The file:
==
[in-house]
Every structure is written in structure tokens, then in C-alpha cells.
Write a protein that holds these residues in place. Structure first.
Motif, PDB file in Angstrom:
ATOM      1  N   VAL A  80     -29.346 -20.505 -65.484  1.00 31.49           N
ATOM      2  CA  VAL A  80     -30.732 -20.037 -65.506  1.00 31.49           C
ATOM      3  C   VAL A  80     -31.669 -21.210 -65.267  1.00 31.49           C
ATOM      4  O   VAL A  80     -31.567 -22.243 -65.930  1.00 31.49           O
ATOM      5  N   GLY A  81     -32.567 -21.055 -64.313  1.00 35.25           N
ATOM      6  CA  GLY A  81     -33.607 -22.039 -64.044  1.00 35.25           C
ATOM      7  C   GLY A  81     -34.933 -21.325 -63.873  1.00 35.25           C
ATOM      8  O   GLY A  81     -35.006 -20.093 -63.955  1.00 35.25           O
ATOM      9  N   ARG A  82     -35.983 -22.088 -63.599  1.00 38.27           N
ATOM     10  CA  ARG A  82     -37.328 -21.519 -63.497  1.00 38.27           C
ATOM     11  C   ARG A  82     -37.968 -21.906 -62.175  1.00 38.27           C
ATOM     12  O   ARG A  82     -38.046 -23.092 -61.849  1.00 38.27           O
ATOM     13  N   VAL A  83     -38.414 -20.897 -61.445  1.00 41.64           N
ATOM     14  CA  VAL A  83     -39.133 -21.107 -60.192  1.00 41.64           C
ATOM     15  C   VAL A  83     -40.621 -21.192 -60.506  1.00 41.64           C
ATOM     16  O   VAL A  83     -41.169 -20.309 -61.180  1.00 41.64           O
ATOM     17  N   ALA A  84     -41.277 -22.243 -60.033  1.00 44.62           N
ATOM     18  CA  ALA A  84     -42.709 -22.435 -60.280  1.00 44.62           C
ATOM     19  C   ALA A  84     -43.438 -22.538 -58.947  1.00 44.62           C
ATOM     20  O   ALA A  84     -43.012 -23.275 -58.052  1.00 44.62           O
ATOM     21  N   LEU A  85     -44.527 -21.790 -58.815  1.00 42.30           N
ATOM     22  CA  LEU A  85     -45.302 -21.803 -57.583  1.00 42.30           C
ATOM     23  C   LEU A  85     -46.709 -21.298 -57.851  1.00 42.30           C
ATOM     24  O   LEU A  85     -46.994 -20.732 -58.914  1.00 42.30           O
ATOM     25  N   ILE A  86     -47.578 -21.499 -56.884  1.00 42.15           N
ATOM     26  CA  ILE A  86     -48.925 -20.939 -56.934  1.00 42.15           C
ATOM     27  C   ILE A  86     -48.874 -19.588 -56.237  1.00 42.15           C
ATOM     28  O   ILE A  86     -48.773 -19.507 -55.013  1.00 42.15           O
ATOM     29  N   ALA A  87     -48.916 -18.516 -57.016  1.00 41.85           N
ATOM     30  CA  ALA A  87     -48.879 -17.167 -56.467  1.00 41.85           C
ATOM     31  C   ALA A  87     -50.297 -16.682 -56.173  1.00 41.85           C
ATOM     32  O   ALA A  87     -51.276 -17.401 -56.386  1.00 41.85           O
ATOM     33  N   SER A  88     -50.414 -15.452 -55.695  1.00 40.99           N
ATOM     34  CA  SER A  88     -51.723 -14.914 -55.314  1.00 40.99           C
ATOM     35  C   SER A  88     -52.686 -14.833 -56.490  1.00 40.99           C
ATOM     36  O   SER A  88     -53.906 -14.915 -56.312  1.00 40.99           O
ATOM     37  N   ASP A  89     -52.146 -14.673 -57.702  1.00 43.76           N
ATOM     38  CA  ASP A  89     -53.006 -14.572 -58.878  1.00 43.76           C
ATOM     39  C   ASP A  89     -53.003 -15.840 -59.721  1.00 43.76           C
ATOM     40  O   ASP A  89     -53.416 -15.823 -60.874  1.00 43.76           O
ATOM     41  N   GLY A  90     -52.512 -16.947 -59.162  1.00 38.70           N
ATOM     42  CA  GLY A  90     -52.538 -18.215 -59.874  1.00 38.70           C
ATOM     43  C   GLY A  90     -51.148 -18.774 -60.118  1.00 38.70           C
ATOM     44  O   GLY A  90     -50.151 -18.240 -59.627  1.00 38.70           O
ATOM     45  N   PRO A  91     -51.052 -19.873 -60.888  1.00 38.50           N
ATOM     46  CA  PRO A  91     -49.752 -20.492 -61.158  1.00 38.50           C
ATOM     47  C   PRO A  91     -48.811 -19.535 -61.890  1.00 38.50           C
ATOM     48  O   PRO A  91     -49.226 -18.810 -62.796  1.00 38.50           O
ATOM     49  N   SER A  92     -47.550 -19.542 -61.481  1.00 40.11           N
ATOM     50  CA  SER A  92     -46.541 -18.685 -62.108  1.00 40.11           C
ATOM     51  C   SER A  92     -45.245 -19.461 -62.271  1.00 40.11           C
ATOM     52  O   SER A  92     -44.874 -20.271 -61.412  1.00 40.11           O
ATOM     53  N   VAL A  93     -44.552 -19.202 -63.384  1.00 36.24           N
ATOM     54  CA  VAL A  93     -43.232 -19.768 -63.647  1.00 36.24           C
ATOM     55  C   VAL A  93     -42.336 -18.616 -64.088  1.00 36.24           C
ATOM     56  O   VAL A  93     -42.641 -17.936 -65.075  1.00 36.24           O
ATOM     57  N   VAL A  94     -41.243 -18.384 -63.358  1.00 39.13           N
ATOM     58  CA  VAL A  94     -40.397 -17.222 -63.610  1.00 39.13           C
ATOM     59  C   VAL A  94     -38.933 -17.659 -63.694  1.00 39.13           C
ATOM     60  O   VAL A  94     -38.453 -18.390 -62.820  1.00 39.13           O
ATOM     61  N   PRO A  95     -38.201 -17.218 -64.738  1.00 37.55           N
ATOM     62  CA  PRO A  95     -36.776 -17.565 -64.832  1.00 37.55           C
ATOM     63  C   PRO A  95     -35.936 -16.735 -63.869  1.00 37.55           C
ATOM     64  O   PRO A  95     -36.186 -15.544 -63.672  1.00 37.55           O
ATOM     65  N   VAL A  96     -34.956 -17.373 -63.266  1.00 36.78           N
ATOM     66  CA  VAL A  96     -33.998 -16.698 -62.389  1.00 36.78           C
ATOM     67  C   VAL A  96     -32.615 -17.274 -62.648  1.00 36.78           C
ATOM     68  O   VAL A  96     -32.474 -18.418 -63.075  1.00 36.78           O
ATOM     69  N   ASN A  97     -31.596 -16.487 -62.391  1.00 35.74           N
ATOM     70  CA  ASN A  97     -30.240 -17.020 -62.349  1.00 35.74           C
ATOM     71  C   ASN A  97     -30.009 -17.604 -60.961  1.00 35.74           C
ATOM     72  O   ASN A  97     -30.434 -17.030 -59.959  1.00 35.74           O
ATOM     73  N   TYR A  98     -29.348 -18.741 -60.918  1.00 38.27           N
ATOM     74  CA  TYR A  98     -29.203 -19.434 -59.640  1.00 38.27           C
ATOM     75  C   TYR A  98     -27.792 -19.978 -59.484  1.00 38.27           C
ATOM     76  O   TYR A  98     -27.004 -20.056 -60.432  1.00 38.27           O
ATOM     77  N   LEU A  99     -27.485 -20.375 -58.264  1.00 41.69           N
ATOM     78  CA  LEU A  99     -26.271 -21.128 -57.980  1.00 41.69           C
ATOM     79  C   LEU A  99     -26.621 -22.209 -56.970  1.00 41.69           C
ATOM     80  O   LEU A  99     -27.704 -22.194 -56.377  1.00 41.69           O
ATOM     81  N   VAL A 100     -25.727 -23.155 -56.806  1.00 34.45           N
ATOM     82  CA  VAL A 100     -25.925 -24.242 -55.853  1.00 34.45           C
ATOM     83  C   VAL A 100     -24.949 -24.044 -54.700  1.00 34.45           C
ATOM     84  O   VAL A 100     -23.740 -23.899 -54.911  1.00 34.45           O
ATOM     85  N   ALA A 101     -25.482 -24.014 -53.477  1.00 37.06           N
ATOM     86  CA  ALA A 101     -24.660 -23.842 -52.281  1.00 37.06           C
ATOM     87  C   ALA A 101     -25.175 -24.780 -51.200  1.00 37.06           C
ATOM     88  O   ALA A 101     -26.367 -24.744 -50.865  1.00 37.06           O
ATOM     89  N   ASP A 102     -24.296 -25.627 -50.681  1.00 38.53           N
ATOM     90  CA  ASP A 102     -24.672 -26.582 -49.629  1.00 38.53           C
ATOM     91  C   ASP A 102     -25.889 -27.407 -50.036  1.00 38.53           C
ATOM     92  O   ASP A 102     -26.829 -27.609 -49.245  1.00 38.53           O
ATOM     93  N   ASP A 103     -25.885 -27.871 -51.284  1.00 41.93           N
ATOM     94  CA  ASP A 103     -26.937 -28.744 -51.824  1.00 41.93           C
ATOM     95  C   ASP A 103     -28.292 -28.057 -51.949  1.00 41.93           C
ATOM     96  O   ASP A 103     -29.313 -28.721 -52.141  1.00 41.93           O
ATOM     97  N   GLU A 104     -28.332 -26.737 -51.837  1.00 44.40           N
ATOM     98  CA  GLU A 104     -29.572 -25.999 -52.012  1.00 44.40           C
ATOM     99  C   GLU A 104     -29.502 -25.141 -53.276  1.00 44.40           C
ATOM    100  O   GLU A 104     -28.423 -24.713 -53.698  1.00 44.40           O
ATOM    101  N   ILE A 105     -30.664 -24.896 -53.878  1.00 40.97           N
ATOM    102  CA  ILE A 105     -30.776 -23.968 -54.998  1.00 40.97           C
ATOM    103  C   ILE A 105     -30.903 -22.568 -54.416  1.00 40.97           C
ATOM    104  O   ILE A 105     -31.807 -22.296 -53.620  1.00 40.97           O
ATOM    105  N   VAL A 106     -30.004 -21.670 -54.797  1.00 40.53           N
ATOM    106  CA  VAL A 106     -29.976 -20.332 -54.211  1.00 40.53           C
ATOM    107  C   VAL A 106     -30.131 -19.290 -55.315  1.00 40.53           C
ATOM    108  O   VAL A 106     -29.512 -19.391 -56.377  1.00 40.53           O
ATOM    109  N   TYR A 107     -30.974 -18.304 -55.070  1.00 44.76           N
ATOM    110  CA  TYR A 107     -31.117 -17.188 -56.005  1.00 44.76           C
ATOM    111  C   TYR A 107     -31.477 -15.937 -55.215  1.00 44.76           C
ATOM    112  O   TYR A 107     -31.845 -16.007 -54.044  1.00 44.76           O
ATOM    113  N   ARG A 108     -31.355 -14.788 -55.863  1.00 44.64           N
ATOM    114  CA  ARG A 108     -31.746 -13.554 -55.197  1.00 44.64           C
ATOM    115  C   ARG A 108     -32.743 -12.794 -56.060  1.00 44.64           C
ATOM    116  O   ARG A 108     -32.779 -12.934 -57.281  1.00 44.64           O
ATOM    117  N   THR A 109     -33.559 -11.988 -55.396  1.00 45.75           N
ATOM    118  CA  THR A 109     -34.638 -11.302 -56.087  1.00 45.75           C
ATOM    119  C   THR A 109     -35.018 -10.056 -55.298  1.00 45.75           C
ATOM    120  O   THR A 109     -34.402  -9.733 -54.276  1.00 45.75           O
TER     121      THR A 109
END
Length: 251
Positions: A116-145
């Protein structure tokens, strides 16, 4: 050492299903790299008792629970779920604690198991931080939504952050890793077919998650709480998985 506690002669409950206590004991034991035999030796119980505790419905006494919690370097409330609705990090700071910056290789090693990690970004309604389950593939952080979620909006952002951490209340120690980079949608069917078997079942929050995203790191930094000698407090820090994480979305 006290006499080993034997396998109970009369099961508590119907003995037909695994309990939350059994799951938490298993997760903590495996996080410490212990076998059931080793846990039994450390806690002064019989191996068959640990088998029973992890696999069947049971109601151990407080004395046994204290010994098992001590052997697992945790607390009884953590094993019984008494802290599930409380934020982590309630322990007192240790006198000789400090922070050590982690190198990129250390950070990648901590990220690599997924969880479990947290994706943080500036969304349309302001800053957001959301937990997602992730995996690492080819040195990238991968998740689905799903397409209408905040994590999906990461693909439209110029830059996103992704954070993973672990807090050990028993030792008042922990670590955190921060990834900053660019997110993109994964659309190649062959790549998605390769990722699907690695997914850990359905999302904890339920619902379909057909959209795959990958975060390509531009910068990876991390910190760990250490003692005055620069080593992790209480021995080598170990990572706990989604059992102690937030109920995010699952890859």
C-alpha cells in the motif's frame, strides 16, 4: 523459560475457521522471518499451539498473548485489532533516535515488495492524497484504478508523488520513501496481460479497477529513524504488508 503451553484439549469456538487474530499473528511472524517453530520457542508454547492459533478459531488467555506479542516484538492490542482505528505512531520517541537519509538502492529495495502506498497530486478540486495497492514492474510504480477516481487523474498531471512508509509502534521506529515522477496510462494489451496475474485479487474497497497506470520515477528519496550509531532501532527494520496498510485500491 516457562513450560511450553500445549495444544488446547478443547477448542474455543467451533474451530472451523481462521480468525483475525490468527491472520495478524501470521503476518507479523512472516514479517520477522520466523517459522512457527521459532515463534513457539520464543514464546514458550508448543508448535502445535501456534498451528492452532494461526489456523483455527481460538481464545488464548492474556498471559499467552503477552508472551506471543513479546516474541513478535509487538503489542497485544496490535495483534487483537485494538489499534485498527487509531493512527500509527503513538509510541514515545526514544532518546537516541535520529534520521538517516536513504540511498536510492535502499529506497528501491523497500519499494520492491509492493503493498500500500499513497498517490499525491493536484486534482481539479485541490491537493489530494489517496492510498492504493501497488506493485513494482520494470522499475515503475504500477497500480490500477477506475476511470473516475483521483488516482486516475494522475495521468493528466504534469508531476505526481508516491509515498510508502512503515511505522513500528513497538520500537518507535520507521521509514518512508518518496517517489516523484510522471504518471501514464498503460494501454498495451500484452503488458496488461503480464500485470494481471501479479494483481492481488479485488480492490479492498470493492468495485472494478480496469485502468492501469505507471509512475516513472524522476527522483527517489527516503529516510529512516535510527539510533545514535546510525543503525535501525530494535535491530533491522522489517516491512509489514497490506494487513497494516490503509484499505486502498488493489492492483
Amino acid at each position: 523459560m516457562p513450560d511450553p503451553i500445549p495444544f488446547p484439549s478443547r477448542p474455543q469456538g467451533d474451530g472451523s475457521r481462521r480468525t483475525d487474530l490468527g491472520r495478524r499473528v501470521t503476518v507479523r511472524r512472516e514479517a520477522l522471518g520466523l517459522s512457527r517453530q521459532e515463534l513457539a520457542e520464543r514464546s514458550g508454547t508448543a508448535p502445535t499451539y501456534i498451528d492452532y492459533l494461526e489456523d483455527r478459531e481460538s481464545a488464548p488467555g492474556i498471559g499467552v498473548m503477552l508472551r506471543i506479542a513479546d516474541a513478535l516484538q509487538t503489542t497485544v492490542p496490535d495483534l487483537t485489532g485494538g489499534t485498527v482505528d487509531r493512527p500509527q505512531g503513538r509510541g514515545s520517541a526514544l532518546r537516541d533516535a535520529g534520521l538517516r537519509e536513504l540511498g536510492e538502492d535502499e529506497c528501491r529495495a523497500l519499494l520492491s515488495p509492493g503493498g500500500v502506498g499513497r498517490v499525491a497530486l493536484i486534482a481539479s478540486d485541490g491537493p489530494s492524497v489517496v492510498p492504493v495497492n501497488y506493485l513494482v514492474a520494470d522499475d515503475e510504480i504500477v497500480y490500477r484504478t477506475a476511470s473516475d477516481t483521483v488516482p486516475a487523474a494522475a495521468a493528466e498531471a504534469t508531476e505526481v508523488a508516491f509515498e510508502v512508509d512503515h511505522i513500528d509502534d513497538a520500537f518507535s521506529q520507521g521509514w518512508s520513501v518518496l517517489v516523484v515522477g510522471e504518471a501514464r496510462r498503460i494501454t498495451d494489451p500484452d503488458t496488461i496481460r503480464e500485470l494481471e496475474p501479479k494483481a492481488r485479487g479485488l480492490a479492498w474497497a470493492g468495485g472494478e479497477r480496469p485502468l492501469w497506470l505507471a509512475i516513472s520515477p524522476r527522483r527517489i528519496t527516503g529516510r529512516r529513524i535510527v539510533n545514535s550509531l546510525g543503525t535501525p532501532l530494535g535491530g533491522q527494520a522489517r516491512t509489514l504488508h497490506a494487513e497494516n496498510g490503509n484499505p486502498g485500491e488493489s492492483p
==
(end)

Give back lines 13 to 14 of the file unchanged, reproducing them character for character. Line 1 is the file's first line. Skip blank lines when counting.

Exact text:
ATOM      9  N   ARG A  82     -35.983 -22.088 -63.599  1.00 38.27           N
ATOM     10  CA  ARG A  82     -37.328 -21.519 -63.497  1.00 38.27           C